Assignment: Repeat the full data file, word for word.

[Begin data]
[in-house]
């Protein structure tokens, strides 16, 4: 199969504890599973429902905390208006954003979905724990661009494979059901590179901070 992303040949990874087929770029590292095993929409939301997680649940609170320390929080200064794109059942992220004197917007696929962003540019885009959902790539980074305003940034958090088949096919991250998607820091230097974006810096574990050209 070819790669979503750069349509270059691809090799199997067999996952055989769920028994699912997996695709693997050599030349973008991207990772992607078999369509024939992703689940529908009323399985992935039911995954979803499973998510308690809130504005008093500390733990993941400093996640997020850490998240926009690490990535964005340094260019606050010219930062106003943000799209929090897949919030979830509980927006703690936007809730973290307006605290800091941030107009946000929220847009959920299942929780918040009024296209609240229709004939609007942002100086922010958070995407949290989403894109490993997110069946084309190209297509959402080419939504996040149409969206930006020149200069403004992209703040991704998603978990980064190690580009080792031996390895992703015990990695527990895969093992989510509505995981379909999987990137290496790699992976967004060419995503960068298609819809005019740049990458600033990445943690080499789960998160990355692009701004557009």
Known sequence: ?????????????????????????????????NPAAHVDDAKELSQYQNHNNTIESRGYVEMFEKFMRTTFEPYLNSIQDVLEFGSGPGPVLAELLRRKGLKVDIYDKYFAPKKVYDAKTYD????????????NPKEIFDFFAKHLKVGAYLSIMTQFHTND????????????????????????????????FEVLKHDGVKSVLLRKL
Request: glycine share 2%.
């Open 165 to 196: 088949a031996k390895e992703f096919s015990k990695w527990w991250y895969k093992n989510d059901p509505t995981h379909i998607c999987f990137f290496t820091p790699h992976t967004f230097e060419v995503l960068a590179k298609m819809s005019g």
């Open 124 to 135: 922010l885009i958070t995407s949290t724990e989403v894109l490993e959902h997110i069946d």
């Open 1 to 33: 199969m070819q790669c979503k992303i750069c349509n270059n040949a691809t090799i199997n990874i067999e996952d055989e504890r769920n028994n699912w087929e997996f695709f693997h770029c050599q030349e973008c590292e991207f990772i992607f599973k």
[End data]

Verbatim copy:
[in-house]
């Protein structure tokens, strides 16, 4: 199969504890599973429902905390208006954003979905724990661009494979059901590179901070 992303040949990874087929770029590292095993929409939301997680649940609170320390929080200064794109059942992220004197917007696929962003540019885009959902790539980074305003940034958090088949096919991250998607820091230097974006810096574990050209 070819790669979503750069349509270059691809090799199997067999996952055989769920028994699912997996695709693997050599030349973008991207990772992607078999369509024939992703689940529908009323399985992935039911995954979803499973998510308690809130504005008093500390733990993941400093996640997020850490998240926009690490990535964005340094260019606050010219930062106003943000799209929090897949919030979830509980927006703690936007809730973290307006605290800091941030107009946000929220847009959920299942929780918040009024296209609240229709004939609007942002100086922010958070995407949290989403894109490993997110069946084309190209297509959402080419939504996040149409969206930006020149200069403004992209703040991704998603978990980064190690580009080792031996390895992703015990990695527990895969093992989510509505995981379909999987990137290496790699992976967004060419995503960068298609819809005019740049990458600033990445943690080499789960998160990355692009701004557009």
Known sequence: ?????????????????????????????????NPAAHVDDAKELSQYQNHNNTIESRGYVEMFEKFMRTTFEPYLNSIQDVLEFGSGPGPVLAELLRRKGLKVDIYDKYFAPKKVYDAKTYD????????????NPKEIFDFFAKHLKVGAYLSIMTQFHTND????????????????????????????????FEVLKHDGVKSVLLRKL
Request: glycine share 2%.
């Open 165 to 196: 088949a031996k390895e992703f096919s015990k990695w527990w991250y895969k093992n989510d059901p509505t995981h379909i998607c999987f990137f290496t820091p790699h992976t967004f230097e060419v995503l960068a590179k298609m819809s005019g």
């Open 124 to 135: 922010l885009i958070t995407s949290t724990e989403v894109l490993e959902h997110i069946d």
């Open 1 to 33: 199969m070819q790669c979503k992303i750069c349509n270059n040949a691809t090799i199997n990874i067999e996952d055989e504890r769920n028994n699912w087929e997996f695709f693997h770029c050599q030349e973008c590292e991207f990772i992607f599973k």